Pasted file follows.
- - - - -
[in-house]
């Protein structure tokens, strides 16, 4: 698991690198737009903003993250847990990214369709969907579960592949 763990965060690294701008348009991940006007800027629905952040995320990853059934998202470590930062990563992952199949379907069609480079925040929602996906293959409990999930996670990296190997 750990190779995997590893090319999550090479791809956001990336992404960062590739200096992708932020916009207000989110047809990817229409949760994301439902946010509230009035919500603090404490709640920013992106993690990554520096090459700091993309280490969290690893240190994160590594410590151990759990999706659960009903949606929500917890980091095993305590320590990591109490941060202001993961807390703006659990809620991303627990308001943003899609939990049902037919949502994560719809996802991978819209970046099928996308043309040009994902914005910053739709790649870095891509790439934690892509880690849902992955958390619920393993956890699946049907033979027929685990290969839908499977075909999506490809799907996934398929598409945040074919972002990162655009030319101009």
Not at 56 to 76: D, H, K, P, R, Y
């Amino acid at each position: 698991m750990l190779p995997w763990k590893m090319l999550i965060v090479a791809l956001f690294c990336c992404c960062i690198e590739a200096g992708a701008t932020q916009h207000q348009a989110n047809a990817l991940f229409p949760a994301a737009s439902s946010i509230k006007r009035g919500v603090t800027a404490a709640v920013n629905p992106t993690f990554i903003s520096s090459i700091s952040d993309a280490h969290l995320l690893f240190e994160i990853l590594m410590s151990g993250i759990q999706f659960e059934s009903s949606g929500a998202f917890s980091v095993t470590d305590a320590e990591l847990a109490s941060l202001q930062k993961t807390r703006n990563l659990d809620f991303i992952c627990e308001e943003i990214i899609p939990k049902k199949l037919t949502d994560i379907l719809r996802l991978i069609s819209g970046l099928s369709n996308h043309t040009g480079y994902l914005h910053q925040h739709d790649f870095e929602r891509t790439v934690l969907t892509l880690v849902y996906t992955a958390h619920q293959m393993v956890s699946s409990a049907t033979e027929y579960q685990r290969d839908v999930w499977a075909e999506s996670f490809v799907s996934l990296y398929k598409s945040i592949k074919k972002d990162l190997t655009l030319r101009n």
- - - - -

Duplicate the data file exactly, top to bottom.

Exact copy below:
[in-house]
């Protein structure tokens, strides 16, 4: 698991690198737009903003993250847990990214369709969907579960592949 763990965060690294701008348009991940006007800027629905952040995320990853059934998202470590930062990563992952199949379907069609480079925040929602996906293959409990999930996670990296190997 750990190779995997590893090319999550090479791809956001990336992404960062590739200096992708932020916009207000989110047809990817229409949760994301439902946010509230009035919500603090404490709640920013992106993690990554520096090459700091993309280490969290690893240190994160590594410590151990759990999706659960009903949606929500917890980091095993305590320590990591109490941060202001993961807390703006659990809620991303627990308001943003899609939990049902037919949502994560719809996802991978819209970046099928996308043309040009994902914005910053739709790649870095891509790439934690892509880690849902992955958390619920393993956890699946049907033979027929685990290969839908499977075909999506490809799907996934398929598409945040074919972002990162655009030319101009």
Not at 56 to 76: D, H, K, P, R, Y
């Amino acid at each position: 698991m750990l190779p995997w763990k590893m090319l999550i965060v090479a791809l956001f690294c990336c992404c960062i690198e590739a200096g992708a701008t932020q916009h207000q348009a989110n047809a990817l991940f229409p949760a994301a737009s439902s946010i509230k006007r009035g919500v603090t800027a404490a709640v920013n629905p992106t993690f990554i903003s520096s090459i700091s952040d993309a280490h969290l995320l690893f240190e994160i990853l590594m410590s151990g993250i759990q999706f659960e059934s009903s949606g929500a998202f917890s980091v095993t470590d305590a320590e990591l847990a109490s941060l202001q930062k993961t807390r703006n990563l659990d809620f991303i992952c627990e308001e943003i990214i899609p939990k049902k199949l037919t949502d994560i379907l719809r996802l991978i069609s819209g970046l099928s369709n996308h043309t040009g480079y994902l914005h910053q925040h739709d790649f870095e929602r891509t790439v934690l969907t892509l880690v849902y996906t992955a958390h619920q293959m393993v956890s699946s409990a049907t033979e027929y579960q685990r290969d839908v999930w499977a075909e999506s996670f490809v799907s996934l990296y398929k598409s945040i592949k074919k972002d990162l190997t655009l030319r101009n």